Testing for the first atomic weapon took place on July 16, 1945, at the Trinity test site in Alamogordo, New Mexico.3 The first atomic bomb was detonated. Small amounts of plutonium made a destructive force equal to 25,000 tons of TNT. The bomb vaporized the tower where it was dropped from. The bomb reached new heights by a mushroom cloud that was 41,000 feet high and shock-waves from the bomb were felt from at least 10,000 feet away from the test site. The blast was also heard or seen from at least 50 miles away. After the testing, and succession of this first atomic weapon, the world was changed forever on its ways of battle.3 Now that the bomb that was tested, it was ready to use for war.
Another thing that now needed to be done with The Project, was what to do with the atomic bomb. By the time the atomic bomb was finished, the presidency had changed. President Roosevelt died of polio, so Harry S. Truman was left in charge of the decisions involving the bomb. The focus of the war was changing.
Germany was starting to lose in the war day by day. So the U.S. decided to focus much of their attention on the war with Japan. A committee was formed to advise the president on the best course of action to easily defeat Japan with the lowest loss of American lives. The committee came up with some choices.
The first was to negotiate a peace treaty. Second, to cooperate with the Russians and continue fighting the war as they hoped for a quick end. The third decision was to organize a full out invasion with the cooperation of the Army, Navy and other military divisions. Another choice was to use the bomb in a test on an unpopulated island to show the Japanese its capabilities for destruction. Their last choice was to drop the bomb on a major city in Japan.1 There were many disadvantages to all of these decisions that could be made.
The U.S. was not to accept anything less than a surrender, and the Japanese were insisting that they keep their emperor and current government. To cooperate with Russia meant the U.S. would be in debt and would possibly be in an undesirable situation with the Russian Communist rule. The invasion of the Japanese mainland would, like the previous choice, sacrifice hundreds and thousands of American soldiers.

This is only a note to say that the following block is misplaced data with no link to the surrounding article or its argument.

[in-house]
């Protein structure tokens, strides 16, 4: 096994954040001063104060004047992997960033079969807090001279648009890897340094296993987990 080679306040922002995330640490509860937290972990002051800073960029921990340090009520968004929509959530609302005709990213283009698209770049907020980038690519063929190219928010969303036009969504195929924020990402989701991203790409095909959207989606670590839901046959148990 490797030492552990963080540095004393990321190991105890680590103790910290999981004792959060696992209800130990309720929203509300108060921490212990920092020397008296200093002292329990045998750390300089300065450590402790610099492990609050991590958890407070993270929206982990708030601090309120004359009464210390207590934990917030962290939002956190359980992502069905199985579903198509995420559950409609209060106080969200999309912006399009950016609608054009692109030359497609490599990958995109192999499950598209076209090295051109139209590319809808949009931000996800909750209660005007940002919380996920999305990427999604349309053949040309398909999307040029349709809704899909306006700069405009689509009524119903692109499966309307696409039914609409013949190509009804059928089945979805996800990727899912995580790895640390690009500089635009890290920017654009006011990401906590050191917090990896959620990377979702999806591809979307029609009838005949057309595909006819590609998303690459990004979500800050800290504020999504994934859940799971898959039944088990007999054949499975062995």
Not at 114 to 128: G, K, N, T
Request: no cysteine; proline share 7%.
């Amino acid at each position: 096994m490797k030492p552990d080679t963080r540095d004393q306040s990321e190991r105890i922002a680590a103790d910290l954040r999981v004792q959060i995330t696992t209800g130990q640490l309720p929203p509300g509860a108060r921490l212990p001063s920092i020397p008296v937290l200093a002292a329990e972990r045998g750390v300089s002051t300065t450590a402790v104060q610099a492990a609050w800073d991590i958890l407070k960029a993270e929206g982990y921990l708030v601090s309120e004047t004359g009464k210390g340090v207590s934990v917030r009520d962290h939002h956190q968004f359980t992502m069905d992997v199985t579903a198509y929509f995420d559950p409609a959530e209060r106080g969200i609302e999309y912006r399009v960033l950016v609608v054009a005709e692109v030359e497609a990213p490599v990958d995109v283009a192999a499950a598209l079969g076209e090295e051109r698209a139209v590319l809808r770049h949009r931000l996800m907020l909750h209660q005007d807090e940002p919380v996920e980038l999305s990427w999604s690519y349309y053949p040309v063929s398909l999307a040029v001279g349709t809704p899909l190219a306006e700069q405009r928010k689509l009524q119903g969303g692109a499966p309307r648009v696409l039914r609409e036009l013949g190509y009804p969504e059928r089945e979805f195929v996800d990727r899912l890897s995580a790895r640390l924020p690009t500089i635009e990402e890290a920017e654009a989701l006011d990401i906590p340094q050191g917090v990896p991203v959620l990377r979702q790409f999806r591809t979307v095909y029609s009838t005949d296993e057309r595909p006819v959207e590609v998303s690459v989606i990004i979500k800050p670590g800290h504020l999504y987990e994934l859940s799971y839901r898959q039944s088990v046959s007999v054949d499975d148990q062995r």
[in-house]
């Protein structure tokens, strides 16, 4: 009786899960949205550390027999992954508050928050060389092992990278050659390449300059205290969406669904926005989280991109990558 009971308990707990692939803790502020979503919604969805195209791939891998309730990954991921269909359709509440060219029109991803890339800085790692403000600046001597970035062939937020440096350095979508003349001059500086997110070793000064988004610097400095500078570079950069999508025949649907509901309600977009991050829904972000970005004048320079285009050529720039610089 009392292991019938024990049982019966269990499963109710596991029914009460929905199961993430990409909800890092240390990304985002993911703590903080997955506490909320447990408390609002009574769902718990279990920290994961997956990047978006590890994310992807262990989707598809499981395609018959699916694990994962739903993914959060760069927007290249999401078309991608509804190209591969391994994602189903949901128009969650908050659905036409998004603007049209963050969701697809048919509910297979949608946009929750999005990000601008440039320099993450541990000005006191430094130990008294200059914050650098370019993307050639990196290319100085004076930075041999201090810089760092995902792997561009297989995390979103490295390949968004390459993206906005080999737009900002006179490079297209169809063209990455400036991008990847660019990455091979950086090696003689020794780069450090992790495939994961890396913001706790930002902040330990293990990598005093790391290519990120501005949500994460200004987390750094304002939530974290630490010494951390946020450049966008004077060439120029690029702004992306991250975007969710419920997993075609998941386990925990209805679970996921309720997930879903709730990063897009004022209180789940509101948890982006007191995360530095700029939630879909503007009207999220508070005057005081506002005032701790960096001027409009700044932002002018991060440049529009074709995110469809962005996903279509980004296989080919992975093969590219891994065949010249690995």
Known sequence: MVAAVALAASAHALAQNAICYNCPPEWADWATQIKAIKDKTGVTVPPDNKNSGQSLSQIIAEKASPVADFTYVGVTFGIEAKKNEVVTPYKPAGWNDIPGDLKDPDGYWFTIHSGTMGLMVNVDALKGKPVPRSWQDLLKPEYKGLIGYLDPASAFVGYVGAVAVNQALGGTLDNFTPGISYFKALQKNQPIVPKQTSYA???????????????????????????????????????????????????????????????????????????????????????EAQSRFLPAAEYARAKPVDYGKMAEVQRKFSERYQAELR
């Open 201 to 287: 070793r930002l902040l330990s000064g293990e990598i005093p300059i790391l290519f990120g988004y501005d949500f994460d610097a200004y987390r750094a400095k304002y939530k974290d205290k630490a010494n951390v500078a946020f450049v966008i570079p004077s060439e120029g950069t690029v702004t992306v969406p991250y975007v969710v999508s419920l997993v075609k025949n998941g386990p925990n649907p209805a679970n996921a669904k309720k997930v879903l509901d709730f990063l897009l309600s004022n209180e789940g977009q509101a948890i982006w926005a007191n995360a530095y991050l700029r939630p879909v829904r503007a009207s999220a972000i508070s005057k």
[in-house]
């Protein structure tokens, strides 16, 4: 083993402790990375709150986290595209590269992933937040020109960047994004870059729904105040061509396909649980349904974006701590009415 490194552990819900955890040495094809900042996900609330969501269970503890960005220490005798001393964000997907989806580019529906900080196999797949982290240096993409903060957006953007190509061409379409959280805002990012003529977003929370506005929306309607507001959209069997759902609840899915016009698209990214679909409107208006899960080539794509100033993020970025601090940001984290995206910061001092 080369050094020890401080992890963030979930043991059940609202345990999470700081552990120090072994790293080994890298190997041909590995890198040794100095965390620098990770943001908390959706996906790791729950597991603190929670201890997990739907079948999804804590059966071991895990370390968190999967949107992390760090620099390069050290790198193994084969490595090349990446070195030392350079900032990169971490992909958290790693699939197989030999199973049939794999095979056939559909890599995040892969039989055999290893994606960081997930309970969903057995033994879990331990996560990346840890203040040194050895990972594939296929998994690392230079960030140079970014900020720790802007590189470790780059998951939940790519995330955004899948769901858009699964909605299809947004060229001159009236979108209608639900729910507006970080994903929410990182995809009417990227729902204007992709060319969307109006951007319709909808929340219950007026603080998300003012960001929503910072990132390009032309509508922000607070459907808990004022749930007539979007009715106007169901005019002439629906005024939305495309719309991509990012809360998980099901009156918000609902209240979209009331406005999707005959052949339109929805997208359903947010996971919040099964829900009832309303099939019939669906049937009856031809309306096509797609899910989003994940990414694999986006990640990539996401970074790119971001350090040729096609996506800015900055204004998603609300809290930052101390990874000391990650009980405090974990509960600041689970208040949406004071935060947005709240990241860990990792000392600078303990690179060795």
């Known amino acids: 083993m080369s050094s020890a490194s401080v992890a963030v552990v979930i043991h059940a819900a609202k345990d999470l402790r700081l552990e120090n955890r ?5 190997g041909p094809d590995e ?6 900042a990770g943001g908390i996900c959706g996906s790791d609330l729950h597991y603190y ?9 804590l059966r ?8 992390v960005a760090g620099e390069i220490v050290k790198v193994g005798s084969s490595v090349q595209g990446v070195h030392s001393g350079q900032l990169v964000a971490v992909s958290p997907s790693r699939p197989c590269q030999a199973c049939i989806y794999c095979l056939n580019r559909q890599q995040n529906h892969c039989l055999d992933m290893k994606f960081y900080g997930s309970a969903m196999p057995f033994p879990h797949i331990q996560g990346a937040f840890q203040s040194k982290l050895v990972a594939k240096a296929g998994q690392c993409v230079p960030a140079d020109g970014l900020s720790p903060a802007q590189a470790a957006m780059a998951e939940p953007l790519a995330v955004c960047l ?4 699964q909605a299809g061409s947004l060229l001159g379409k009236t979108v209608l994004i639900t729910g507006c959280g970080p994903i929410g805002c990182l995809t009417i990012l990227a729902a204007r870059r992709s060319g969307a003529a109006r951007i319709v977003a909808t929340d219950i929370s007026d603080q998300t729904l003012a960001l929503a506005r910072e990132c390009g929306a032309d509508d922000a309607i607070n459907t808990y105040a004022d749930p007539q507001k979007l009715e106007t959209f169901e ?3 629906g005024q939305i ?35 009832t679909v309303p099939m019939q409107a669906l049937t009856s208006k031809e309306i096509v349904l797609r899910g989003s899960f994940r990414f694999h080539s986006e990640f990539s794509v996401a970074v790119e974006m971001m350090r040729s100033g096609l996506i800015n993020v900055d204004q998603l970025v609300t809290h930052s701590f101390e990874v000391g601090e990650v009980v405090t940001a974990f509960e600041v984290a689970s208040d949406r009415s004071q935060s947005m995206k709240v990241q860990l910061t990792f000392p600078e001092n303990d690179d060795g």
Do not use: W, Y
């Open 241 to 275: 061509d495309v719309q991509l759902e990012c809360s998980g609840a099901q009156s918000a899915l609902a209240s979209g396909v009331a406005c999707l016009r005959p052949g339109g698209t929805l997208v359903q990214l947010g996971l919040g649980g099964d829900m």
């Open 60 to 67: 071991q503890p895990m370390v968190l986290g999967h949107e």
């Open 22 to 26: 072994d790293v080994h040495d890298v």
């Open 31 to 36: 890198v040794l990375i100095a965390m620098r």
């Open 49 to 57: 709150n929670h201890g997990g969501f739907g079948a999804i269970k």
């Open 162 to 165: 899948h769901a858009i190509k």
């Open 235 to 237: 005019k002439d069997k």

A problem with showing the testing of the bomb was the possible failure of the bomb. As we know choice five was chosen. The choice of dropping the bomb took about a month to decide from the time of the first initial testing.1 & 2 Five places had been chosen as good targets in Japan. They were Nagasaki, Hiroshima, Kyoto, Yokohama, and Kokura Arsenal. The last thing the U.S.
now had to do was get the bomb dropped on their picked primary targets, which were chosen as Nagasaki and Hiroshima.1 A new leader, General Carl A. Spaatz, commanding officer in Pacific operations, received notice that the first atomic bomb was to be dropped on Hiroshima. The actual dropping of the bomb was delayed several times due to predictions of nasty weather. The plane that carried the bomb was named “Enola Gay” and weighed 65 tons at take-off, a total of 8 tons over the normal operating weight of a B-29 bomber. In case of a crash during takeoff, which would have blown up the whole naval base, it was decided that the bomb would have to be armed in the air.
Captain William S. Parsons, a Navy ordinance expert, was the man in charge of arming a bomb during flight.5 On August 6th, the bomb named “Little Boy,” completely flattened about four miles of Hiroshima. It was estimated that a total of 78,000 died in the explosion, but that number does not include people who died from radiation poisoning. Three days later on August 9th, the bomb named “Fat Man”, dropped on Nagasaki. It did not cause the devastation of Hiroshima because of different land features. But it still resulted in about 39,000 deaths.5 The second bomb was under suspicion that it was only dropped because the U.S.
wanted to try a new type of bomb. Some others thought it was needed to claim victory in the Second World War. Either way both bombs were the most monumental in history to this time. 4 In conclusion The Manhattan project was one of the most important and expensive projects ever done in the United States to this time. The drip of the bomb probably could have been stopped but the US decided to take the action which killed thousands and injured millions.
The dropping of the bomb forever changed the meaning of war for all citizens of the world. Bibliography 1 Atomic Bomb : Decision Target Committee — http://www.dannen.com/decision/targets.html#E 2 Atomic Archive – Explore the History, Science, and Consequences of the Atomic Bomb http://www.atomicarchive.com/main.shtml 3 CD-ROM and Online Encarta Encyclopedia 99 4 The Manhattan Project — http://www.gis.net/~carter/manhattan/ 5 The Avalon Project : The Atomic Bombings of Hiroshima and Nagasaki — http://www.yale.edu/lawweb/avalon/abomb/mpmenu.htm l.